Reducing the federal government’s massive debt is the most important issue of the day and should be approached like fighting a war, former U.S. Sen. Pete Domenici said Wednesday.
“We could lose the war, and losing the war would mean this great democracy would cease to be a powerful force in the world,” Domenici said during an afternoon session at the Domenici Public Policy Conference at New Mexico State University.
“Our children, who we promised a great life, would probably have a second-rate standard of living,” he said. “And if you don’t feel it yet, you should. We’re kind of getting poorer.”
Domenici is part of a think tank in Washington that’s working on tackling the debt issue, the Bipartisan Policy Center. The group’s Debt Reduction Task Force, which Domenici co-chairs, will soon be releasing its findings. Domenici said cuts to existing spending – including entitlement programs – and tax increases or other revenue raisers will both have to be on the table if the United States is going to win this war.
While many in Domenici’s Republican Party advocate for tax cuts and the resulting stimulation of economic growth to fix the economy, Domenici said that alone won’t do it.
“When I tell you that growth alone won’t do this, I’m not talking about theory,” Domenici said. “I’m talking about numbers.”
New Mexico’s longest-serving senator, who’s now 78, also acknowledged that cuts to entitlement programs won’t be popular.
“We’re not going to ask everybody to love us,” Domenici said. “We’re hoping and praying that the public won’t hate us.”
But the stakes are too high to not be honest, Domenici said. When the task force of 10 Democrats and 10 Republicans got together to look for real, bipartisan solutions, he said they agreed that “everything has to be on the table.”
The task force’s report will be a “big barn burner,” Domenici said, but it has to be done for the good of the nation.
Iraq war has ‘been a terrible expense’
Domenici’s remarks came during a conversation with ABC newsman Sam Donaldson, who asked Domenici about the extreme partisanship that has taken over Washington, the debt and the wars in Iraq and Afghanistan. While Domenici talked about the other issues, he often came back to the debt.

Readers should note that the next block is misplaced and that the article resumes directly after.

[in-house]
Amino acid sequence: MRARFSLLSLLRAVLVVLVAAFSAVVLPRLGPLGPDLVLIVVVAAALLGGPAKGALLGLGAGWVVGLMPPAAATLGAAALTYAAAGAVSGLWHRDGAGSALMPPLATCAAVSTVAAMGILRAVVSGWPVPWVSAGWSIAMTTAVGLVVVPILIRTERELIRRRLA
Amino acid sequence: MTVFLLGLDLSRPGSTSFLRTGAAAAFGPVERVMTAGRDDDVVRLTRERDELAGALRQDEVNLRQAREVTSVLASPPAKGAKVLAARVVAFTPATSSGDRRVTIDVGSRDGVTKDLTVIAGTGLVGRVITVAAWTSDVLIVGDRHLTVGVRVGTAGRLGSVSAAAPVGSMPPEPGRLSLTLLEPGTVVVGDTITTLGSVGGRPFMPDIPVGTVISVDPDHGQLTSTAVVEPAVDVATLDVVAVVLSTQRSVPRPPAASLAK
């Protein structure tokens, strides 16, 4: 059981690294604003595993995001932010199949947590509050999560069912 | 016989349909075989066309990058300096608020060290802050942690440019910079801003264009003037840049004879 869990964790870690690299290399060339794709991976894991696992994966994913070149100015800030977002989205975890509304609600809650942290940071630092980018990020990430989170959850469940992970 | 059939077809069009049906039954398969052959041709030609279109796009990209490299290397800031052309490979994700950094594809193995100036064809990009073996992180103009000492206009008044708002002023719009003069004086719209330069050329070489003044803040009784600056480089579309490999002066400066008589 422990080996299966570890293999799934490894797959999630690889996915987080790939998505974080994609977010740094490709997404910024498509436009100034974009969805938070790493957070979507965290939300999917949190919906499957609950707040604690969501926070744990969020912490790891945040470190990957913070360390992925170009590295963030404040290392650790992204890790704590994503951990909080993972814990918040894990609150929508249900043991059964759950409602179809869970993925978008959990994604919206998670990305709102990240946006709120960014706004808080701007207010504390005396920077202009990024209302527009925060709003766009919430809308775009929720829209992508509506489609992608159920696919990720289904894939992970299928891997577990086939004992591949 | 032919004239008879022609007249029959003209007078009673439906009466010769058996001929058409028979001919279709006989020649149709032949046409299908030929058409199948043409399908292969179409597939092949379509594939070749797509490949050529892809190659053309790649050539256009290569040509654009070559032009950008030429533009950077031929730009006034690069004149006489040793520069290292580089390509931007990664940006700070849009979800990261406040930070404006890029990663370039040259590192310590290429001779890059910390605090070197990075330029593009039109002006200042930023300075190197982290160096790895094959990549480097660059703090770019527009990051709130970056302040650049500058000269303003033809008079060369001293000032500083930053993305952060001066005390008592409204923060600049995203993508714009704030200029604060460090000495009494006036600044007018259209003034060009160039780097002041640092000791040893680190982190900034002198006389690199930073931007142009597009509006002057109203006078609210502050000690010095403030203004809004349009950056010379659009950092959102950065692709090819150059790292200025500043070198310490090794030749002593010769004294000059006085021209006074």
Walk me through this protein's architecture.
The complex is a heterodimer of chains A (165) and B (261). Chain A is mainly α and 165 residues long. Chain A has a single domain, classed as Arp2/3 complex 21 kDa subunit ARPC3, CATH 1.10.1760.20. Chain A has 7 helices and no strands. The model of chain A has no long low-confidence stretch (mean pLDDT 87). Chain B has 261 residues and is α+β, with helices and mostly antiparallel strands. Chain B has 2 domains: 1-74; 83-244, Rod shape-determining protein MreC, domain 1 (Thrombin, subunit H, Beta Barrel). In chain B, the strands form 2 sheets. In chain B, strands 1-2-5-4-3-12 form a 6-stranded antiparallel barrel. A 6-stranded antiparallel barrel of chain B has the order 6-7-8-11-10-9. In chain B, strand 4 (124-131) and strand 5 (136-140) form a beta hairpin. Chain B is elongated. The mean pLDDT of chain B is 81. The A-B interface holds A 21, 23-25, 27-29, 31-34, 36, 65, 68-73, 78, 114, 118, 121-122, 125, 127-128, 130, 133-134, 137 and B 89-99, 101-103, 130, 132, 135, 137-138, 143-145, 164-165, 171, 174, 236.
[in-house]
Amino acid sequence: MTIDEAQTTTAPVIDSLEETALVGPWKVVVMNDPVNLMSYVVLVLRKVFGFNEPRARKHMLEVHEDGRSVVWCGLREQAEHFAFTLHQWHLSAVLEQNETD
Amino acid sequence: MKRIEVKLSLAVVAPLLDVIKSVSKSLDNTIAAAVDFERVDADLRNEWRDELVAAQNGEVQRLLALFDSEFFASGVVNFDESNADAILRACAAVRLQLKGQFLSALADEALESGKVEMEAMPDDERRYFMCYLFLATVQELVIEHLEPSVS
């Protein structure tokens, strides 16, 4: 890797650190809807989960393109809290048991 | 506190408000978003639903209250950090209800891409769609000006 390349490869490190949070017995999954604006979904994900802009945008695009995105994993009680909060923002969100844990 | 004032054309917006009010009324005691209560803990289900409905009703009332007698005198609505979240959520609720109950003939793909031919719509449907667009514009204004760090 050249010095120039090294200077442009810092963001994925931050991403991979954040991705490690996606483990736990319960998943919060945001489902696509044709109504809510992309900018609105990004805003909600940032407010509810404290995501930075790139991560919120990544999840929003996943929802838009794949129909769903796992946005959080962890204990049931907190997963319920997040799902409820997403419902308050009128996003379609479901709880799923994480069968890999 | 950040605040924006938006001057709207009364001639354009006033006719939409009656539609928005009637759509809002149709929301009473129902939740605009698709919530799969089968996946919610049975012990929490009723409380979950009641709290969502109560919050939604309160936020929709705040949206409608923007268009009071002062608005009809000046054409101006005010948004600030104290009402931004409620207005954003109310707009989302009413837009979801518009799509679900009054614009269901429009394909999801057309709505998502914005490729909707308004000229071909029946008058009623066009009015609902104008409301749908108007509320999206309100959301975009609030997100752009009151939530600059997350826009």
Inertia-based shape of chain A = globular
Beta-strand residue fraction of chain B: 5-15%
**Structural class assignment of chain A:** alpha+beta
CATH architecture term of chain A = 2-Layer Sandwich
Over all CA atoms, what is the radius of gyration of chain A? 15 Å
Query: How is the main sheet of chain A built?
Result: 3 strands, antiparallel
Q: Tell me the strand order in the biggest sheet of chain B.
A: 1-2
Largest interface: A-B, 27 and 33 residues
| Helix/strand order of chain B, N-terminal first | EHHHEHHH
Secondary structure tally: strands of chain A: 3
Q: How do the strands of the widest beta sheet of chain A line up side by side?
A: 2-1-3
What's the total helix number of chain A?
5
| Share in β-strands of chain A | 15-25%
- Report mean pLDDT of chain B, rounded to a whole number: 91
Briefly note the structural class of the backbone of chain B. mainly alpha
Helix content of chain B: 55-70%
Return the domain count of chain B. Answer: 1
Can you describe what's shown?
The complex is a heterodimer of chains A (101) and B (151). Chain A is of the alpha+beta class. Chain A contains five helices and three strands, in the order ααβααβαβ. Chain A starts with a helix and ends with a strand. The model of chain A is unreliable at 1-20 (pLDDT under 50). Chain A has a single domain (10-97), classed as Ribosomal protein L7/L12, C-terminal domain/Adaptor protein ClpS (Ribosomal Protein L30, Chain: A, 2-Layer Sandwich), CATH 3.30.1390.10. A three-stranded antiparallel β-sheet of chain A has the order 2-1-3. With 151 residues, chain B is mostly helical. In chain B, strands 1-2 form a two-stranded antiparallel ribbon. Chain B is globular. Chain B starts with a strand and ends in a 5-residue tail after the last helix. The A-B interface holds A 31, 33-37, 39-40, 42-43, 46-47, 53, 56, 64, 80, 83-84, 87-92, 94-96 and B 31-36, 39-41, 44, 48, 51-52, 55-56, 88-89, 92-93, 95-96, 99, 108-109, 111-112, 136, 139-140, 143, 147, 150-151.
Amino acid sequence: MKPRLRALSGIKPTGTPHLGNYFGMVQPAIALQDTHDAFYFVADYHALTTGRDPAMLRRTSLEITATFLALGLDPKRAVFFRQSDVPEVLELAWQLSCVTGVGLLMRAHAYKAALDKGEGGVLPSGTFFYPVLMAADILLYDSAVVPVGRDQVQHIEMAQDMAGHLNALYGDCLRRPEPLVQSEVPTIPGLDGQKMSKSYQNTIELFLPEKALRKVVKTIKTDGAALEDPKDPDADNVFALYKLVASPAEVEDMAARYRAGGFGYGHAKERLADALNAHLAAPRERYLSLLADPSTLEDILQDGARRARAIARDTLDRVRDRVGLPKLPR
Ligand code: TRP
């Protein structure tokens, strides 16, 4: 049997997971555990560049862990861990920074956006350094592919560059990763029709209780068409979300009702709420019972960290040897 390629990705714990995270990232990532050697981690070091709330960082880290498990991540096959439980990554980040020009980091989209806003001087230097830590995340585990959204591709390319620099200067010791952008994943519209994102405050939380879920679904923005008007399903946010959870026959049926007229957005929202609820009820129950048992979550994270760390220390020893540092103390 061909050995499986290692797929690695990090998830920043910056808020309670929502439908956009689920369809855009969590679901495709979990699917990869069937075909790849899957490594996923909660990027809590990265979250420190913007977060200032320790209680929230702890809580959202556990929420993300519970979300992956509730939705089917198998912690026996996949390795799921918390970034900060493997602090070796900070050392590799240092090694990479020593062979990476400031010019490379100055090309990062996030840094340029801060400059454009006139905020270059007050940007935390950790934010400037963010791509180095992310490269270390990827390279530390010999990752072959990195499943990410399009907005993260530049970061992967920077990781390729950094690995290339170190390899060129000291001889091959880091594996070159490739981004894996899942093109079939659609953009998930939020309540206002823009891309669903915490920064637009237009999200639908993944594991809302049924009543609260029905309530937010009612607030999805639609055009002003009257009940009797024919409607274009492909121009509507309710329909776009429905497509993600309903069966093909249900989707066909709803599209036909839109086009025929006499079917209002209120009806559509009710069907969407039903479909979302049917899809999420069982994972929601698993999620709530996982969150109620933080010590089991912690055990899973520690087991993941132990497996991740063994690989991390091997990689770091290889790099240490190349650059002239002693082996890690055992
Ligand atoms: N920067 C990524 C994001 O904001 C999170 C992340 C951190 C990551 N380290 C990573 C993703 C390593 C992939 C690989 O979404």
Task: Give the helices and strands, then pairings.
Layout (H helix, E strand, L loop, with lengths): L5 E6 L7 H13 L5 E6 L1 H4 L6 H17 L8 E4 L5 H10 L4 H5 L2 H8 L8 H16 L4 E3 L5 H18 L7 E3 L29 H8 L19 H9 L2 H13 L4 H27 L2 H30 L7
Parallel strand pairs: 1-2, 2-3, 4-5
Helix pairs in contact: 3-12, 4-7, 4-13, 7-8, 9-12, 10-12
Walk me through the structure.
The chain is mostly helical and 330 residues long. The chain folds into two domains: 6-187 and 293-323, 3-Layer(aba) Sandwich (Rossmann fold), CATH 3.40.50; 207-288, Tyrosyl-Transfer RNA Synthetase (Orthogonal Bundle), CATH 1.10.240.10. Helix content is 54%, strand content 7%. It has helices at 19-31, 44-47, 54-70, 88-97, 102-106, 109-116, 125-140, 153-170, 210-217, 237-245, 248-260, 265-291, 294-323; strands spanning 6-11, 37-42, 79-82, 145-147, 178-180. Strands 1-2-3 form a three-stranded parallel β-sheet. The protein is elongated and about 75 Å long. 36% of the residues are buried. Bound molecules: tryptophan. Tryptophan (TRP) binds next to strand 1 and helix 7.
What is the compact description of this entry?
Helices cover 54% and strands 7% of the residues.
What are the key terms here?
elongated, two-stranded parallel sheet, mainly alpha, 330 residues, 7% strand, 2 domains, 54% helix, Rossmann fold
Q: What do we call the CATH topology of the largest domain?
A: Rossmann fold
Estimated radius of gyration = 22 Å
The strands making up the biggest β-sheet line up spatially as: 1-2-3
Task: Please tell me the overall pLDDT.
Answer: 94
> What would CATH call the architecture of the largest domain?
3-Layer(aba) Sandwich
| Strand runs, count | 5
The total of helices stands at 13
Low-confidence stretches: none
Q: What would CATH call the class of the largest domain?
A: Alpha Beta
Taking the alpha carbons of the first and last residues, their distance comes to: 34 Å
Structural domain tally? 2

For example, asked about the formal end of combat missions in Iraq earlier this week and what the United States accomplished during the war, Domenici talked about the financial cost of the war.
“I wish we never got in it,” he said. “It’s been a terrible expense.”
Domenici, a one-time supporter of the Iraq war who has gradually changed his mind, said Iraq has the potential to become one of the nations in the Middle East working for good.
“Iraq might not be worth it, but it’s done, and it might be worth it,” he said. “We’ve got to hope that.”
Even before his afternoon talk, Domenici took the podium at the end of a separate talk on nuclear weapons and turned his focus toward the debt, saying the problem is so severe “that we’re probably going to have to go on a literal diet… if we’re going to save the country.”
Fixing the problem will require bipartisanship, and when Donaldson pushed Domenici to talk about the divisive climate in Washington, the former senator said it’s currently worse than at any time during his 36 years in the Senate. He had harsh words for the leadership in Washington.
“I also believe that the leaders don’t understand what’s needed to help the members be bipartisan,” he said.
Martinez, Denish, Rove on today’s schedule
The candidates for governor – Republican Susana Martinez and Democrat Diane Denish – will be speaking at the Domenici conference at NMSU today, as will GOP strategist Karl Rove and others. Check the full schedule here. To watch webcasts of the talks, click here.